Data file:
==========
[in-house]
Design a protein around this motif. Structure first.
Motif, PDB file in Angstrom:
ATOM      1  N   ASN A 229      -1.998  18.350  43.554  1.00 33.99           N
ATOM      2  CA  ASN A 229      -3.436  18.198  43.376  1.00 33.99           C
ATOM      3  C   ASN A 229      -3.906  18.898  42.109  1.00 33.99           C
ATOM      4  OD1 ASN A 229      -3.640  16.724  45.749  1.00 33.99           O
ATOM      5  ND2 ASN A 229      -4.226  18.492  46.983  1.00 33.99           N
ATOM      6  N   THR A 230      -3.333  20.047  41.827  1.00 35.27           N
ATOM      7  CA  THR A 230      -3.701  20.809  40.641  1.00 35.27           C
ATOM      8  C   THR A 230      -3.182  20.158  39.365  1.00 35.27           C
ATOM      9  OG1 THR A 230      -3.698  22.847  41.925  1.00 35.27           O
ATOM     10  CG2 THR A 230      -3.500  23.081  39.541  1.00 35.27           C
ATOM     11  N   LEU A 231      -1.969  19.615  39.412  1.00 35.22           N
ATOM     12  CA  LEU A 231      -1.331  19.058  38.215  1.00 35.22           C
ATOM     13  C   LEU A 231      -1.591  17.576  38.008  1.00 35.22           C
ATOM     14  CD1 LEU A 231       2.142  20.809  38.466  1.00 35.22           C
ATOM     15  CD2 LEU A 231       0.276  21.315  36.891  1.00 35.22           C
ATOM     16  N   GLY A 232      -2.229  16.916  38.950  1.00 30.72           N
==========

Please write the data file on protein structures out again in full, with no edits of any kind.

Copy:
[in-house]
Design a protein around this motif. Structure first.
Motif, PDB file in Angstrom:
ATOM      1  N   ASN A 229      -1.998  18.350  43.554  1.00 33.99           N
ATOM      2  CA  ASN A 229      -3.436  18.198  43.376  1.00 33.99           C
ATOM      3  C   ASN A 229      -3.906  18.898  42.109  1.00 33.99           C
ATOM      4  OD1 ASN A 229      -3.640  16.724  45.749  1.00 33.99           O
ATOM      5  ND2 ASN A 229      -4.226  18.492  46.983  1.00 33.99           N
ATOM      6  N   THR A 230      -3.333  20.047  41.827  1.00 35.27           N
ATOM      7  CA  THR A 230      -3.701  20.809  40.641  1.00 35.27           C
ATOM      8  C   THR A 230      -3.182  20.158  39.365  1.00 35.27           C
ATOM      9  OG1 THR A 230      -3.698  22.847  41.925  1.00 35.27           O
ATOM     10  CG2 THR A 230      -3.500  23.081  39.541  1.00 35.27           C
ATOM     11  N   LEU A 231      -1.969  19.615  39.412  1.00 35.22           N
ATOM     12  CA  LEU A 231      -1.331  19.058  38.215  1.00 35.22           C
ATOM     13  C   LEU A 231      -1.591  17.576  38.008  1.00 35.22           C
ATOM     14  CD1 LEU A 231       2.142  20.809  38.466  1.00 35.22           C
ATOM     15  CD2 LEU A 231       0.276  21.315  36.891  1.00 35.22           C
ATOM     16  N   GLY A 232      -2.229  16.916  38.950  1.00 30.72           N